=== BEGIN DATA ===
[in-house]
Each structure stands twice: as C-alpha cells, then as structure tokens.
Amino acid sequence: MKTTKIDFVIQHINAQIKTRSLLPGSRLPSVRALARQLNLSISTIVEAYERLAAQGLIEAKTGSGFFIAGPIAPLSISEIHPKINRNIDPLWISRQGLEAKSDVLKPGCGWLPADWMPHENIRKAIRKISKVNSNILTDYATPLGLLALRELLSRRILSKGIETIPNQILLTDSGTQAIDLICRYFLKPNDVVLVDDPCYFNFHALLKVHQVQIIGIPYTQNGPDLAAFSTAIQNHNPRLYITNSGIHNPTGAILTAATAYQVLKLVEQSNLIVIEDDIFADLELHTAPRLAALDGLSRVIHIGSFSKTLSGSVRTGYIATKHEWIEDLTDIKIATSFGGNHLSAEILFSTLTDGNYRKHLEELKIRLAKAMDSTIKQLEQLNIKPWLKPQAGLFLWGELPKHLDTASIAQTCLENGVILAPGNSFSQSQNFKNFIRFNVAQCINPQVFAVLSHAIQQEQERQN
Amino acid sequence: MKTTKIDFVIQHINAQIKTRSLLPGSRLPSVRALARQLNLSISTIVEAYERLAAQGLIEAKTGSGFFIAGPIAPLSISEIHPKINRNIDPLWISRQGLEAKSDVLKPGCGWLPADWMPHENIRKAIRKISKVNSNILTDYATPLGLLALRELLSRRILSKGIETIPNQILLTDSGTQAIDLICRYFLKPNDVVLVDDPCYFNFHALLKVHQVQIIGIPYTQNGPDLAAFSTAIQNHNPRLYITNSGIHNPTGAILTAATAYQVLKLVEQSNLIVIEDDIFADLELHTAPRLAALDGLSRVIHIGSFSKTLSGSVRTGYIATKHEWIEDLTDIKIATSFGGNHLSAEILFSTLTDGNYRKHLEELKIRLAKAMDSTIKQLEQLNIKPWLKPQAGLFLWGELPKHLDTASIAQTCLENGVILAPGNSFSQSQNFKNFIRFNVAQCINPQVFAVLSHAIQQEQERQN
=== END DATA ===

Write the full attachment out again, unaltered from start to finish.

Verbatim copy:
[in-house]
Each structure stands twice: as C-alpha cells, then as structure tokens.
Amino acid sequence: MKTTKIDFVIQHINAQIKTRSLLPGSRLPSVRALARQLNLSISTIVEAYERLAAQGLIEAKTGSGFFIAGPIAPLSISEIHPKINRNIDPLWISRQGLEAKSDVLKPGCGWLPADWMPHENIRKAIRKISKVNSNILTDYATPLGLLALRELLSRRILSKGIETIPNQILLTDSGTQAIDLICRYFLKPNDVVLVDDPCYFNFHALLKVHQVQIIGIPYTQNGPDLAAFSTAIQNHNPRLYITNSGIHNPTGAILTAATAYQVLKLVEQSNLIVIEDDIFADLELHTAPRLAALDGLSRVIHIGSFSKTLSGSVRTGYIATKHEWIEDLTDIKIATSFGGNHLSAEILFSTLTDGNYRKHLEELKIRLAKAMDSTIKQLEQLNIKPWLKPQAGLFLWGELPKHLDTASIAQTCLENGVILAPGNSFSQSQNFKNFIRFNVAQCINPQVFAVLSHAIQQEQERQN
Amino acid sequence: MKTTKIDFVIQHINAQIKTRSLLPGSRLPSVRALARQLNLSISTIVEAYERLAAQGLIEAKTGSGFFIAGPIAPLSISEIHPKINRNIDPLWISRQGLEAKSDVLKPGCGWLPADWMPHENIRKAIRKISKVNSNILTDYATPLGLLALRELLSRRILSKGIETIPNQILLTDSGTQAIDLICRYFLKPNDVVLVDDPCYFNFHALLKVHQVQIIGIPYTQNGPDLAAFSTAIQNHNPRLYITNSGIHNPTGAILTAATAYQVLKLVEQSNLIVIEDDIFADLELHTAPRLAALDGLSRVIHIGSFSKTLSGSVRTGYIATKHEWIEDLTDIKIATSFGGNHLSAEILFSTLTDGNYRKHLEELKIRLAKAMDSTIKQLEQLNIKPWLKPQAGLFLWGELPKHLDTASIAQTCLENGVILAPGNSFSQSQNFKNFIRFNVAQCINPQVFAVLSHAIQQEQERQN